Because of this when played together both waveforms would be slightly out of phase, causing a chorus like effect. I then grouped them into an auxiliary input, and automated the volume so it would have a slow attack and release, as well as adding a reverb plug in to increase the resonance of the frequencies. Again I imported it into Cubase and placed it in the appropriate locations.

 

Another sound I created was the beeps, during the scene where the man is sitting at his desk, this was made using the signal generator playing a square wave at 500Hz, which I then made the beeps but automating the volume. Once imported into Cubase, I then just placed them within the correct markers.

Reverb

 

Attack and Release

 

 

 

 

 

Finally I produced some un edited white noise for the static on the TV at the end, which was just recorded in the same way as mentioned above,  and placed at the appropriate marker.

 

I also tried experimenting trying to create some industrial sounding piston sounds using a combination of both white and pink noise (each octave has the same amount of noise power, with each one being reduced or increased by +/-3dB.) I was automating the pink noise over the white noise, which was constant, playing the pink in short bursts. However when imported into Cubase, it made it sound like there was too many sounds going on, especially since I was trying to show other sounds in the areas I added it to.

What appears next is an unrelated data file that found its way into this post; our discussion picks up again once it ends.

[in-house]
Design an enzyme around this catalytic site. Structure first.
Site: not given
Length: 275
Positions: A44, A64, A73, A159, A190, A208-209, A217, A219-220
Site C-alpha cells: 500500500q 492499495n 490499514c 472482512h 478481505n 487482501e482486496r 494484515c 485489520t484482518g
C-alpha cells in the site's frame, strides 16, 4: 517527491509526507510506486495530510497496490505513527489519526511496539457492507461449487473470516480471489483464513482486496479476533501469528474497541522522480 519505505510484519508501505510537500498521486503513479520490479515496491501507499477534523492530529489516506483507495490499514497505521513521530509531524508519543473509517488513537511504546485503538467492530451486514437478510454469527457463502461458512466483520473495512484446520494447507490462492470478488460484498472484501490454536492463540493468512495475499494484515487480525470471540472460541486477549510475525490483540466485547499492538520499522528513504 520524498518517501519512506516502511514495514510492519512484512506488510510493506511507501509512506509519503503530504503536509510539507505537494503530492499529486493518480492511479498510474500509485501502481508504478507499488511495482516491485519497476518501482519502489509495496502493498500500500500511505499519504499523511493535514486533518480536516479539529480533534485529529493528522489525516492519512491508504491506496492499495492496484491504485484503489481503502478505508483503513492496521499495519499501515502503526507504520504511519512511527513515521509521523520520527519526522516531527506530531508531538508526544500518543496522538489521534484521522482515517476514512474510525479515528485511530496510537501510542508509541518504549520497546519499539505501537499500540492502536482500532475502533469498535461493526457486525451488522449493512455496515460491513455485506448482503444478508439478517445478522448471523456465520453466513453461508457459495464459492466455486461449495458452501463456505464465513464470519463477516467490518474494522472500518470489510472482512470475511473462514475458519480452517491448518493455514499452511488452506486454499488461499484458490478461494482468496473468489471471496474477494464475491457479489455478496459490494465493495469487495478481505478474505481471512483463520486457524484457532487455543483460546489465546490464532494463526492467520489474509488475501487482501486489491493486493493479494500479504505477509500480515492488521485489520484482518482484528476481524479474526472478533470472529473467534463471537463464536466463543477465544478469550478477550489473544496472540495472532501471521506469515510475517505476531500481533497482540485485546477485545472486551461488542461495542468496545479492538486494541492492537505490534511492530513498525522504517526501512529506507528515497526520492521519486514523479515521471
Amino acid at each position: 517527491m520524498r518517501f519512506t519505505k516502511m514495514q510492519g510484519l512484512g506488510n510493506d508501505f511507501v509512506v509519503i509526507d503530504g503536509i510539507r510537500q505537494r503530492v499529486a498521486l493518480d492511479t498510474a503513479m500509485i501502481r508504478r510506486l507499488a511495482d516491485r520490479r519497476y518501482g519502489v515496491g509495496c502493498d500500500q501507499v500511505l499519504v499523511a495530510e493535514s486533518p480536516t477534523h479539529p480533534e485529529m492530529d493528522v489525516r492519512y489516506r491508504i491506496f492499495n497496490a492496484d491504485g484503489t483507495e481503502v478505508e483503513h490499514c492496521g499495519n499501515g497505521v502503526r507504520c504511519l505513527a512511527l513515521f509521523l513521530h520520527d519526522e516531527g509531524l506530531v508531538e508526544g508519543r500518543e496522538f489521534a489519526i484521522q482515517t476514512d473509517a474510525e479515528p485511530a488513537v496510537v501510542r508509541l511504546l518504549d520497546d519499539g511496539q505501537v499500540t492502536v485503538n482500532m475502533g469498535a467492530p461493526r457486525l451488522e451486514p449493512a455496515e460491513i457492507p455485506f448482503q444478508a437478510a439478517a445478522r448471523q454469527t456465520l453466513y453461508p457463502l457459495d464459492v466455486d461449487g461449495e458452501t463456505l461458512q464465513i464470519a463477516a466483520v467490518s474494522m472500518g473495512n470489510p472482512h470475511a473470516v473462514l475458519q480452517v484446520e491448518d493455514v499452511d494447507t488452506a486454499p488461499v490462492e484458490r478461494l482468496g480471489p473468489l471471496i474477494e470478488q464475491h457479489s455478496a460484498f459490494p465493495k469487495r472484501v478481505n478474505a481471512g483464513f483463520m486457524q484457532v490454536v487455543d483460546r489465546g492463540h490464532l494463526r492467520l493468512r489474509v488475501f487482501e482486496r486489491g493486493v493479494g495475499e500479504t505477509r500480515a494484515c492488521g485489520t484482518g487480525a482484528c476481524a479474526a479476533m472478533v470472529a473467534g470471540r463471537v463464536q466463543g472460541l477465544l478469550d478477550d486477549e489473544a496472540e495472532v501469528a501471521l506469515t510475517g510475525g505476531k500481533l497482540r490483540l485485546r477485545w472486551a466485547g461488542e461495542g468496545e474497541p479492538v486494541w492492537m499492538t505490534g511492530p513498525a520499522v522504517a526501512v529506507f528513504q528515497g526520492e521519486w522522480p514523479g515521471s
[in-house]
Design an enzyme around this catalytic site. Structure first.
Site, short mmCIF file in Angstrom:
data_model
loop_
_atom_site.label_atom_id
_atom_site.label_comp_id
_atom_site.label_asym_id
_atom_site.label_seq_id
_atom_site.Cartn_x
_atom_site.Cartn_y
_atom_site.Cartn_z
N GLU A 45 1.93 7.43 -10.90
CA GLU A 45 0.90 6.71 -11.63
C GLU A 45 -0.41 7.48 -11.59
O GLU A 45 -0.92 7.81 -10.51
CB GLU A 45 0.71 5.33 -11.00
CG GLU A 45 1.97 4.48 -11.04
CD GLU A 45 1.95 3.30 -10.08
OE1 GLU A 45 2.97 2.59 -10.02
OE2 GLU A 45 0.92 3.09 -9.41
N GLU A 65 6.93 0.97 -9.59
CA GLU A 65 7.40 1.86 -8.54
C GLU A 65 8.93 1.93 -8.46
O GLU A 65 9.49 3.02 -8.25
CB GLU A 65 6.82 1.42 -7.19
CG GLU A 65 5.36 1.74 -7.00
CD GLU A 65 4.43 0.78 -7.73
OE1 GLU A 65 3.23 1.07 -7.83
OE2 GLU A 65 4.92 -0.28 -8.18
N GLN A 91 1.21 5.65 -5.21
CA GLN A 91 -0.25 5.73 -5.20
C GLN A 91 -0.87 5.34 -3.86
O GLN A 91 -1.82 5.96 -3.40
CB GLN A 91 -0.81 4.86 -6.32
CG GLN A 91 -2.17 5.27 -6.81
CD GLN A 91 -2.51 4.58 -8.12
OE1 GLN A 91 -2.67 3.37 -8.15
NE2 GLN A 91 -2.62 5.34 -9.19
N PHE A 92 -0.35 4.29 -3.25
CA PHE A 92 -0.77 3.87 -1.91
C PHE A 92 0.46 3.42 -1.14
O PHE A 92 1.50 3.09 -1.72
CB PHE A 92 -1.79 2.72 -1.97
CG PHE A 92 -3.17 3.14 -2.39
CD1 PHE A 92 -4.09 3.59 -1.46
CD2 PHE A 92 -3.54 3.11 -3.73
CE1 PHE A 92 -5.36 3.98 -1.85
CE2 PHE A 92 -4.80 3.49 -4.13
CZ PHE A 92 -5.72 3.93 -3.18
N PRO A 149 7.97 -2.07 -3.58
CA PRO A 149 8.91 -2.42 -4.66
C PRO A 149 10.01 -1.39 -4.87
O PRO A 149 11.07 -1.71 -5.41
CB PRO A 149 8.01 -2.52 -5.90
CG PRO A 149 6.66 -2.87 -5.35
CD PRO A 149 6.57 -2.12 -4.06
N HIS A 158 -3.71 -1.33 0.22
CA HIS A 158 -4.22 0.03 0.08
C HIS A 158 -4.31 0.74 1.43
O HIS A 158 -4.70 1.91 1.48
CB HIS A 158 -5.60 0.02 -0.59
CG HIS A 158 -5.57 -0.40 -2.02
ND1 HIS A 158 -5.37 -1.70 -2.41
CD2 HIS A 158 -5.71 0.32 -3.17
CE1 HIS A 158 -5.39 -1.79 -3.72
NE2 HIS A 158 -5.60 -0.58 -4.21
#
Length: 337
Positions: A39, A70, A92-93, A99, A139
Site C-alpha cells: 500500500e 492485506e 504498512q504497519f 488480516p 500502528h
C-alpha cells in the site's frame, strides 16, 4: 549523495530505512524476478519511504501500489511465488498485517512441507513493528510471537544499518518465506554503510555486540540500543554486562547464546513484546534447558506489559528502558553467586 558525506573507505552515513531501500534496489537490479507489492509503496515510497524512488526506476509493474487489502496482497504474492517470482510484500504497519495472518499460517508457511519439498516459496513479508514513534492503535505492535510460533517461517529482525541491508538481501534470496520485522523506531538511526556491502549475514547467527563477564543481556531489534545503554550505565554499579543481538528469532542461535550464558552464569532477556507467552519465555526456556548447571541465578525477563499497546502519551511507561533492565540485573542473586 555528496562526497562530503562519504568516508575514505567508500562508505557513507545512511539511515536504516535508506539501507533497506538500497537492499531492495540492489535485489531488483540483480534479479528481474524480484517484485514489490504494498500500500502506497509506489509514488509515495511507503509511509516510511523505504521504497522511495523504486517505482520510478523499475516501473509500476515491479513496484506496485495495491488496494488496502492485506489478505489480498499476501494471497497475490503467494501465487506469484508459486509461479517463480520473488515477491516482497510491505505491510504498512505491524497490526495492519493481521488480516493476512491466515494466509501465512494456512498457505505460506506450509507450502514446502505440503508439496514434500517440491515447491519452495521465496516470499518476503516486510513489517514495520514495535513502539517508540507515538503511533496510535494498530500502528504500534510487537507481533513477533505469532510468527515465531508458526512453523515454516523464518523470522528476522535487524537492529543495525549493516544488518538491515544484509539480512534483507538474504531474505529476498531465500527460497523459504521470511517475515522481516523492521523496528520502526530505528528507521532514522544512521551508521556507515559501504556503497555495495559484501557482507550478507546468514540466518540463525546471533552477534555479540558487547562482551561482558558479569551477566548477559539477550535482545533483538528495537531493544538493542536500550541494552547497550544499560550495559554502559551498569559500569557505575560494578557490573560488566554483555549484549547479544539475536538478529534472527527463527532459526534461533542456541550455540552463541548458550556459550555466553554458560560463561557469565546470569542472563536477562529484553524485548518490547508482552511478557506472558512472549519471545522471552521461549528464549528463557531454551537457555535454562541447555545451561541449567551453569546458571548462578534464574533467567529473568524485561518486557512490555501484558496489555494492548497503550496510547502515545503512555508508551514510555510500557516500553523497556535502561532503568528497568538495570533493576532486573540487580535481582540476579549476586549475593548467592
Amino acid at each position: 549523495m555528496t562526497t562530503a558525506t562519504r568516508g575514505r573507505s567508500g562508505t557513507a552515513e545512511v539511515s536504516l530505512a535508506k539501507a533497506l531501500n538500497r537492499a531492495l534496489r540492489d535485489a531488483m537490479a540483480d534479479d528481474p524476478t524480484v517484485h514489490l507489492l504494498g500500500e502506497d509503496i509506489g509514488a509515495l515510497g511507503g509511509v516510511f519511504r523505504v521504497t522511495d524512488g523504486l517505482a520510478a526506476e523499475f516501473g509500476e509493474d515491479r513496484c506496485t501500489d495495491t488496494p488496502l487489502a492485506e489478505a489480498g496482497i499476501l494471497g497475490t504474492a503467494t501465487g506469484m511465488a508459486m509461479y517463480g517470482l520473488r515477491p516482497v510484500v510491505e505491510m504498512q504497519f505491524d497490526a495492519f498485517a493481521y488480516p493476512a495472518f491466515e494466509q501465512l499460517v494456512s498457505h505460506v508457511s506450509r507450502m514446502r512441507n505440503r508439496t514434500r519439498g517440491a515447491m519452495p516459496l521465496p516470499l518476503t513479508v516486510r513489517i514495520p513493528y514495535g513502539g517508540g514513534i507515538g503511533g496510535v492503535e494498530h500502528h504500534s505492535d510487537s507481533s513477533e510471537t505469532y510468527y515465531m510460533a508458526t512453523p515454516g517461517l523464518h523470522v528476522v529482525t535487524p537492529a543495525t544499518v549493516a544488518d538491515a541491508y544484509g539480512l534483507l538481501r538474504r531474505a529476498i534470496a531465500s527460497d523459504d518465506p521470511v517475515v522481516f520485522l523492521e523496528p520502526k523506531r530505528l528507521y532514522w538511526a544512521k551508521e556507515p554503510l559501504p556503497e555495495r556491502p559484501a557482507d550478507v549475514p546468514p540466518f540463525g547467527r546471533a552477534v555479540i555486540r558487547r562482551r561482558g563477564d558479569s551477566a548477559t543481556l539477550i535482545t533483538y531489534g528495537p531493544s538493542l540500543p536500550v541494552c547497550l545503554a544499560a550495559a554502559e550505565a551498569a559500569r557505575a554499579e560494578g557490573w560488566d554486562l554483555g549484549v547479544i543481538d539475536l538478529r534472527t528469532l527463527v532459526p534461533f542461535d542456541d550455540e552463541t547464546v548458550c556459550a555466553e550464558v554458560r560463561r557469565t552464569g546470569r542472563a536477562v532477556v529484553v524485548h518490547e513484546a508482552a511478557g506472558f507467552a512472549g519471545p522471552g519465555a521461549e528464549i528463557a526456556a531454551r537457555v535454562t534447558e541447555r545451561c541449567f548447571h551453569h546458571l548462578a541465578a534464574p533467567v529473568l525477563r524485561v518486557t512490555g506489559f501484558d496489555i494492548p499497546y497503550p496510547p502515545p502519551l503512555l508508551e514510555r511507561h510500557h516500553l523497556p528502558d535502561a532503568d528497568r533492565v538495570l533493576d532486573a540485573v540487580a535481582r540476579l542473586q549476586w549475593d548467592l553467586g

Other Sounds:

 

I also used a selection of existing material in my video, the first of which is a clip of a film projector, where I thought it would fit the slide show feel of the opening credits. This came from the website www.FreeSFX.co.uk, which in their terms and conditions I could use it for personal use, or non financial benefit.

 

I used the sound of a Dial up modem during the later scenes in the video, this was ripped off a YouTube video, I found out later that the free program Audacity has a preset which also replicates this sound. I used it to make it sound like the computer in the office was really old and then crashes because of it. Video link below.

 

 

The sound of the digital camera zoom was taken from the website www.salamisound.com, which also said in its terms and conditions that it could be used for personal use/non financial gain. Imported it into Pro Tools to cut it down since it had other parts which were not relevant to sound I want it to achieve. I used it to give the impression on the zoom outs it was a CCTV/Security camera recording.

 

IMG_0738[1]-1

I also recorded some Foley style sound effects on a Zoom Handicam H2 Recorder, these included the sound of Footsteps and a Door opening. For the Footsteps, I had to walk down a set off metal stairs while watching the footage to get them in sync, while the door I found and recorded it shutting. The Door sound I didnt need to edit, and it was placed directly into Cubase at a fade in, the footsteps however needed a Low Pass filter to get rid of some background noise, as well as the  sound then being Normalized to bring up the volume.

IMG_0737[1]

 

 

 

 

Doing this assessment gave me an idea of the sort of routine a sound designer has to get into during post-production of a film, giving me a whole new insight into the process.

 

Fli.